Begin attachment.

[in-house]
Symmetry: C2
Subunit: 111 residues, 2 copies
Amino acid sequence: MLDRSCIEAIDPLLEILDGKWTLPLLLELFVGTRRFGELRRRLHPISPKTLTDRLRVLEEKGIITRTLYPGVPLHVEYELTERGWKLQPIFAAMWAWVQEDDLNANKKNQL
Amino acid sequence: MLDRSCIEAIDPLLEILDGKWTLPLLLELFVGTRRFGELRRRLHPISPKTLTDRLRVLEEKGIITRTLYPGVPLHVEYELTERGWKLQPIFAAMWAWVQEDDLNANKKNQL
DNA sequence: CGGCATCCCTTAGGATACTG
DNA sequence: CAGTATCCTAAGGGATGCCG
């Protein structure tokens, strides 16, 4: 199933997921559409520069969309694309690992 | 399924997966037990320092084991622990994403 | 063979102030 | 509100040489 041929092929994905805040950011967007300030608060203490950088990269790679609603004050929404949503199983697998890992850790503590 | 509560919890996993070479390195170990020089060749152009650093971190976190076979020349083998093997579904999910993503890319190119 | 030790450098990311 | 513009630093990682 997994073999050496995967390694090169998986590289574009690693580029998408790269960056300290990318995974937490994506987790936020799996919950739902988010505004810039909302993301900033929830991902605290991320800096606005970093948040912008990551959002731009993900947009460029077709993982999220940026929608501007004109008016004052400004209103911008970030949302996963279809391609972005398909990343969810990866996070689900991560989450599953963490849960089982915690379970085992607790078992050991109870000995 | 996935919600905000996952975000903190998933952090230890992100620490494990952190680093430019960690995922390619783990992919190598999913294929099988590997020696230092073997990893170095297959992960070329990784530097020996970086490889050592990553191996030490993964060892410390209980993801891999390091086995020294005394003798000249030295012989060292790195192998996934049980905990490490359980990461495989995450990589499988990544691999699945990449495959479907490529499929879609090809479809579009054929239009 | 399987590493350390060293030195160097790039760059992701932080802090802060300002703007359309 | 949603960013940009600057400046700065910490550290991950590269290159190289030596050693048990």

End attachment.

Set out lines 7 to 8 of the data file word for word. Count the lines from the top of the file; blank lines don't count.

DNA sequence: CAGTATCCTAAGGGATGCCG
């Protein structure tokens, strides 16, 4: 199933997921559409520069969309694309690992 | 399924997966037990320092084991622990994403 | 063979102030 | 509100040489 041929092929994905805040950011967007300030608060203490950088990269790679609603004050929404949503199983697998890992850790503590 | 509560919890996993070479390195170990020089060749152009650093971190976190076979020349083998093997579904999910993503890319190119 | 030790450098990311 | 513009630093990682 997994073999050496995967390694090169998986590289574009690693580029998408790269960056300290990318995974937490994506987790936020799996919950739902988010505004810039909302993301900033929830991902605290991320800096606005970093948040912008990551959002731009993900947009460029077709993982999220940026929608501007004109008016004052400004209103911008970030949302996963279809391609972005398909990343969810990866996070689900991560989450599953963490849960089982915690379970085992607790078992050991109870000995 | 996935919600905000996952975000903190998933952090230890992100620490494990952190680093430019960690995922390619783990992919190598999913294929099988590997020696230092073997990893170095297959992960070329990784530097020996970086490889050592990553191996030490993964060892410390209980993801891999390091086995020294005394003798000249030295012989060292790195192998996934049980905990490490359980990461495989995450990589499988990544691999699945990449495959479907490529499929879609090809479809579009054929239009 | 399987590493350390060293030195160097790039760059992701932080802090802060300002703007359309 | 949603960013940009600057400046700065910490550290991950590269290159190289030596050693048990």